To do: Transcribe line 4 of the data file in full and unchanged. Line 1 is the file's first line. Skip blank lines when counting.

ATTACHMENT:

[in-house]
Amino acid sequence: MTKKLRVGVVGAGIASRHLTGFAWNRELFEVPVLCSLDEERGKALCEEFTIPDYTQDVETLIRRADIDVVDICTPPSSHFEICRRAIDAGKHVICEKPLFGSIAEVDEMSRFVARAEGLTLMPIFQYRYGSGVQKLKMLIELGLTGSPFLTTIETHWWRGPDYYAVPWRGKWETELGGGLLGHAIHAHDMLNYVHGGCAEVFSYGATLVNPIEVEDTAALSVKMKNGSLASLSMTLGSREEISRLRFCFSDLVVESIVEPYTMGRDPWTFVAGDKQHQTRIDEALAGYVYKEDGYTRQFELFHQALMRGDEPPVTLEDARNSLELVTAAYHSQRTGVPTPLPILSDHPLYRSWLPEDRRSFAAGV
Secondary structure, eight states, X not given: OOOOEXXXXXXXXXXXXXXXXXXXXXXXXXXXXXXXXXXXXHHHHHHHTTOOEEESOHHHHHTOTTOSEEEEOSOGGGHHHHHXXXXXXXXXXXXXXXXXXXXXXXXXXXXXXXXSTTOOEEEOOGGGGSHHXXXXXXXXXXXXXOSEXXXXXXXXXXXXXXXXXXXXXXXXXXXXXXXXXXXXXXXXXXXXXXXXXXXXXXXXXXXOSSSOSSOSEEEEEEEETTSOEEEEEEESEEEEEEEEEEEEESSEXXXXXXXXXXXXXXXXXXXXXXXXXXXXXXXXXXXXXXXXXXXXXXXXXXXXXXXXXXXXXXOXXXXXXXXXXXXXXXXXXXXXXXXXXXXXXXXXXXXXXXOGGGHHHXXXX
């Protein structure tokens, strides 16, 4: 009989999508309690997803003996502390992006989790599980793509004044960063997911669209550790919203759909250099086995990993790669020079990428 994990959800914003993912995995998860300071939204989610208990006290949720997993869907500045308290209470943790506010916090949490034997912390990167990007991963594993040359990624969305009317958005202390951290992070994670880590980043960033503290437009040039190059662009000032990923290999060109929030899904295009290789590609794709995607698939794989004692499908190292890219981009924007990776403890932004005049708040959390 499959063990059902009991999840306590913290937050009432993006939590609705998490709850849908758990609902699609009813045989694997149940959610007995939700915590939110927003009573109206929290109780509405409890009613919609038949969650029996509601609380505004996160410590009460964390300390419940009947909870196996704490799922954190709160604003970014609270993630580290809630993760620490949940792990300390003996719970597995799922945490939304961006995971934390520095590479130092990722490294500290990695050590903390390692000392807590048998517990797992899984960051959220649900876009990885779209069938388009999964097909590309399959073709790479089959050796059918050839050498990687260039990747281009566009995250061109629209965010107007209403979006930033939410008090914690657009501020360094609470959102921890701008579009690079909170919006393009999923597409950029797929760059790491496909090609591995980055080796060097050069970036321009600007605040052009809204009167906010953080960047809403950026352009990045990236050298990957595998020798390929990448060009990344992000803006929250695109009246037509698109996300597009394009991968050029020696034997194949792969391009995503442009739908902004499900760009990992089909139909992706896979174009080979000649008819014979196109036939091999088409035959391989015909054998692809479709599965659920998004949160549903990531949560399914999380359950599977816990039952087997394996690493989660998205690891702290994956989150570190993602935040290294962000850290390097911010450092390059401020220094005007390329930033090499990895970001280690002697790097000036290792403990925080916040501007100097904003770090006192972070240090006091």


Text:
């Protein structure tokens, strides 16, 4: 009989999508309690997803003996502390992006989790599980793509004044960063997911669209550790919203759909250099086995990993790669020079990428 994990959800914003993912995995998860300071939204989610208990006290949720997993869907500045308290209470943790506010916090949490034997912390990167990007991963594993040359990624969305009317958005202390951290992070994670880590980043960033503290437009040039190059662009000032990923290999060109929030899904295009290789590609794709995607698939794989004692499908190292890219981009924007990776403890932004005049708040959390 499959063990059902009991999840306590913290937050009432993006939590609705998490709850849908758990609902699609009813045989694997149940959610007995939700915590939110927003009573109206929290109780509405409890009613919609038949969650029996509601609380505004996160410590009460964390300390419940009947909870196996704490799922954190709160604003970014609270993630580290809630993760620490949940792990300390003996719970597995799922945490939304961006995971934390520095590479130092990722490294500290990695050590903390390692000392807590048998517990797992899984960051959220649900876009990885779209069938388009999964097909590309399959073709790479089959050796059918050839050498990687260039990747281009566009995250061109629209965010107007209403979006930033939410008090914690657009501020360094609470959102921890701008579009690079909170919006393009999923597409950029797929760059790491496909090609591995980055080796060097050069970036321009600007605040052009809204009167906010953080960047809403950026352009990045990236050298990957595998020798390929990448060009990344992000803006929250695109009246037509698109996300597009394009991968050029020696034997194949792969391009995503442009739908902004499900760009990992089909139909992706896979174009080979000649008819014979196109036939091999088409035959391989015909054998692809479709599965659920998004949160549903990531949560399914999380359950599977816990039952087997394996690493989660998205690891702290994956989150570190993602935040290294962000850290390097911010450092390059401020220094005007390329930033090499990895970001280690002697790097000036290792403990925080916040501007100097904003770090006192972070240090006091």